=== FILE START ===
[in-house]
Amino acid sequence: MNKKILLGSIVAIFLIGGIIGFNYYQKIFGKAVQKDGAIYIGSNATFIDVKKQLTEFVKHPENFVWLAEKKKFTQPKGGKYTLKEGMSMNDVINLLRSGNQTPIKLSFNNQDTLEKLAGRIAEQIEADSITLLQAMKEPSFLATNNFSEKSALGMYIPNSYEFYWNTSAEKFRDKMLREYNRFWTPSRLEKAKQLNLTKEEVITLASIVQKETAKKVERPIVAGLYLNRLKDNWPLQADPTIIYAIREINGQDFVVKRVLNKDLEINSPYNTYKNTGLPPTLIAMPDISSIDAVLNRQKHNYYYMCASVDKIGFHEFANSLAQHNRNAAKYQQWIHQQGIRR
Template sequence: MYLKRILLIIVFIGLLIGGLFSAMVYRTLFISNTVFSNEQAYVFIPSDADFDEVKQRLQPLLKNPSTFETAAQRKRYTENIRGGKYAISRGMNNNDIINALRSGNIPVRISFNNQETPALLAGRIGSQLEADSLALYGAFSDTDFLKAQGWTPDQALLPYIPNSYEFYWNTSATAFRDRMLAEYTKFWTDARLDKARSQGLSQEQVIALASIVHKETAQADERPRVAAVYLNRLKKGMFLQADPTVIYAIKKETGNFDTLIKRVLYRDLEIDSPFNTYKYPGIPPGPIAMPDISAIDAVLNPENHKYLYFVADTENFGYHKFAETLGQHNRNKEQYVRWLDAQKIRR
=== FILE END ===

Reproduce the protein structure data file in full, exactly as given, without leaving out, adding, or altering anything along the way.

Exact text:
[in-house]
Amino acid sequence: MNKKILLGSIVAIFLIGGIIGFNYYQKIFGKAVQKDGAIYIGSNATFIDVKKQLTEFVKHPENFVWLAEKKKFTQPKGGKYTLKEGMSMNDVINLLRSGNQTPIKLSFNNQDTLEKLAGRIAEQIEADSITLLQAMKEPSFLATNNFSEKSALGMYIPNSYEFYWNTSAEKFRDKMLREYNRFWTPSRLEKAKQLNLTKEEVITLASIVQKETAKKVERPIVAGLYLNRLKDNWPLQADPTIIYAIREINGQDFVVKRVLNKDLEINSPYNTYKNTGLPPTLIAMPDISSIDAVLNRQKHNYYYMCASVDKIGFHEFANSLAQHNRNAAKYQQWIHQQGIRR
Template sequence: MYLKRILLIIVFIGLLIGGLFSAMVYRTLFISNTVFSNEQAYVFIPSDADFDEVKQRLQPLLKNPSTFETAAQRKRYTENIRGGKYAISRGMNNNDIINALRSGNIPVRISFNNQETPALLAGRIGSQLEADSLALYGAFSDTDFLKAQGWTPDQALLPYIPNSYEFYWNTSATAFRDRMLAEYTKFWTDARLDKARSQGLSQEQVIALASIVHKETAQADERPRVAAVYLNRLKKGMFLQADPTVIYAIKKETGNFDTLIKRVLYRDLEIDSPFNTYKYPGIPPGPIAMPDISAIDAVLNPENHKYLYFVADTENFGYHKFAETLGQHNRNKEQYVRWLDAQKIRR